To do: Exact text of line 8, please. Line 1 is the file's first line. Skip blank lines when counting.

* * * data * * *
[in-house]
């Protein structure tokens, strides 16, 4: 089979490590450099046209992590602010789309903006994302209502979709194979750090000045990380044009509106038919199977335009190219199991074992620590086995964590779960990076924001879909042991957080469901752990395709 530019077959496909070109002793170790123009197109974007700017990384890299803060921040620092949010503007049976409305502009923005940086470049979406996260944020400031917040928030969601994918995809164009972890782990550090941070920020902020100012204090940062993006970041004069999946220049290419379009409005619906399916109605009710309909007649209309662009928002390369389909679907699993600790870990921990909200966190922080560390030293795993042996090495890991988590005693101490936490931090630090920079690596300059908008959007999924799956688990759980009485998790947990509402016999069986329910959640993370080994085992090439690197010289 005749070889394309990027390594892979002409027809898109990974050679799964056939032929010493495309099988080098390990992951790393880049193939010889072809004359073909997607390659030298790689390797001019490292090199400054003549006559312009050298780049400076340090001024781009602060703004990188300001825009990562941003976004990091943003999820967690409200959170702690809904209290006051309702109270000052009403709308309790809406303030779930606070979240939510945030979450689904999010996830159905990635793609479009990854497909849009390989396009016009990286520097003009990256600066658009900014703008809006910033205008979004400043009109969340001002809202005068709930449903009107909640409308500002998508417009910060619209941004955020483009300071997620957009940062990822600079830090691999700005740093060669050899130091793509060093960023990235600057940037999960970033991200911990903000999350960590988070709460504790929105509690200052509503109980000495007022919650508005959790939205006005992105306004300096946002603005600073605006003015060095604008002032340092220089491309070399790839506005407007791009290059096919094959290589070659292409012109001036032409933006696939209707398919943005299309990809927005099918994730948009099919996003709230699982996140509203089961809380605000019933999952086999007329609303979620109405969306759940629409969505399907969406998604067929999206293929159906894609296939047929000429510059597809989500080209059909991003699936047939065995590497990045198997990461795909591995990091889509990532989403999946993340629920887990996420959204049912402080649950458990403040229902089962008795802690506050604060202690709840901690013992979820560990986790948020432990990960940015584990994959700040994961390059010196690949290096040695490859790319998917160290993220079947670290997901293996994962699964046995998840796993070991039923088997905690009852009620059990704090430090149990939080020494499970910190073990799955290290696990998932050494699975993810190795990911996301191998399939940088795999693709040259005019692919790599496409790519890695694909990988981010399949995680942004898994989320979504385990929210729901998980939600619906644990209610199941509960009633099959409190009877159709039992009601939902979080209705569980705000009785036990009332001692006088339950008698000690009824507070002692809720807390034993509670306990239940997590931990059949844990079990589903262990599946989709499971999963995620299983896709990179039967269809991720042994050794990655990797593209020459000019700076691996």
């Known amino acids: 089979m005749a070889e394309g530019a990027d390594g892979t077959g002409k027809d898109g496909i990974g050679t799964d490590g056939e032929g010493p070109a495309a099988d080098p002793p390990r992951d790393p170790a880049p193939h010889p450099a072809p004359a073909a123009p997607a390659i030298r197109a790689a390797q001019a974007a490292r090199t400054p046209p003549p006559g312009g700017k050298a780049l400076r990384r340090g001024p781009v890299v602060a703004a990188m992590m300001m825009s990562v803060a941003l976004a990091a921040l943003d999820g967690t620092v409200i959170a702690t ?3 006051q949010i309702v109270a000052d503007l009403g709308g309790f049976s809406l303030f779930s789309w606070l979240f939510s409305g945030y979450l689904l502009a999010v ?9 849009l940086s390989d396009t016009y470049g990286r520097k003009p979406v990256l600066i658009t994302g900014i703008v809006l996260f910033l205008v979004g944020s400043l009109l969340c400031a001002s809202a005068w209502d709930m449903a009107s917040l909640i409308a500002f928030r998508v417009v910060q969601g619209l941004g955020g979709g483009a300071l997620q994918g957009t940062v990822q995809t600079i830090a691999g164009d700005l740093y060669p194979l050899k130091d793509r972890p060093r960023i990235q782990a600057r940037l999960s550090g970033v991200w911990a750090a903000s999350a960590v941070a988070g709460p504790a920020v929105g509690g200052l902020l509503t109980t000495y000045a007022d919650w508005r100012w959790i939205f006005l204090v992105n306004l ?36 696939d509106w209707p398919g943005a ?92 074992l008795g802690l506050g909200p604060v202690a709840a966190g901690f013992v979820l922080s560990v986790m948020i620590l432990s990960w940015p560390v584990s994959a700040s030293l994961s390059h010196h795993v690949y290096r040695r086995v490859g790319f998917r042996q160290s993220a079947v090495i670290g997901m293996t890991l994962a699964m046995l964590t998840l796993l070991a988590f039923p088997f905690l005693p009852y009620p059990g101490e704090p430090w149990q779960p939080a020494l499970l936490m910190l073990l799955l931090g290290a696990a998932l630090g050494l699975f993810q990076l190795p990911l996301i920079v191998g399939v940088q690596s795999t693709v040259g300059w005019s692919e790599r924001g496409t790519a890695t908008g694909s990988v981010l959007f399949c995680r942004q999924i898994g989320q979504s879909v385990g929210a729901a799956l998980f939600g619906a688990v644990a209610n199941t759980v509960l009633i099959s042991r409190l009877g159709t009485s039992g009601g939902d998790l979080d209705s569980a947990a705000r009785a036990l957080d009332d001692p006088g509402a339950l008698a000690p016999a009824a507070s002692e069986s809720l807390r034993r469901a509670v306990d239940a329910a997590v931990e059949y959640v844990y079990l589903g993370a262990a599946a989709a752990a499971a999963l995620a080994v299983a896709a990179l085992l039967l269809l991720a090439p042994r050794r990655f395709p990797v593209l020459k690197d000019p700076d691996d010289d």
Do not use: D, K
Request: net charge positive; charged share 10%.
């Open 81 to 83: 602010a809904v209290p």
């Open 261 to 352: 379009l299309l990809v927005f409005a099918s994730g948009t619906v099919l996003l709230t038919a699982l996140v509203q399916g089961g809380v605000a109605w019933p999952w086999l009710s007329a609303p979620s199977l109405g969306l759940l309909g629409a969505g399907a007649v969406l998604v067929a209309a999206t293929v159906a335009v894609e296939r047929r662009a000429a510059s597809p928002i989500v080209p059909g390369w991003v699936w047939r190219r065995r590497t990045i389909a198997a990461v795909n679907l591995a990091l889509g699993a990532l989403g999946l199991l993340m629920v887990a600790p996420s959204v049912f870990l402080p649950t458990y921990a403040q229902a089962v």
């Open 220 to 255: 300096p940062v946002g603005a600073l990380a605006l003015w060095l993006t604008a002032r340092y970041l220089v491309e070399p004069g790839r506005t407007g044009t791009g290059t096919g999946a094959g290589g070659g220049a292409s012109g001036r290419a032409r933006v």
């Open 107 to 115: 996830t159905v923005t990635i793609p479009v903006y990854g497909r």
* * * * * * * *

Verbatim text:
């Open 220 to 255: 300096p940062v946002g603005a600073l990380a605006l003015w060095l993006t604008a002032r340092y970041l220089v491309e070399p004069g790839r506005t407007g044009t791009g290059t096919g999946a094959g290589g070659g220049a292409s012109g001036r290419a032409r933006v």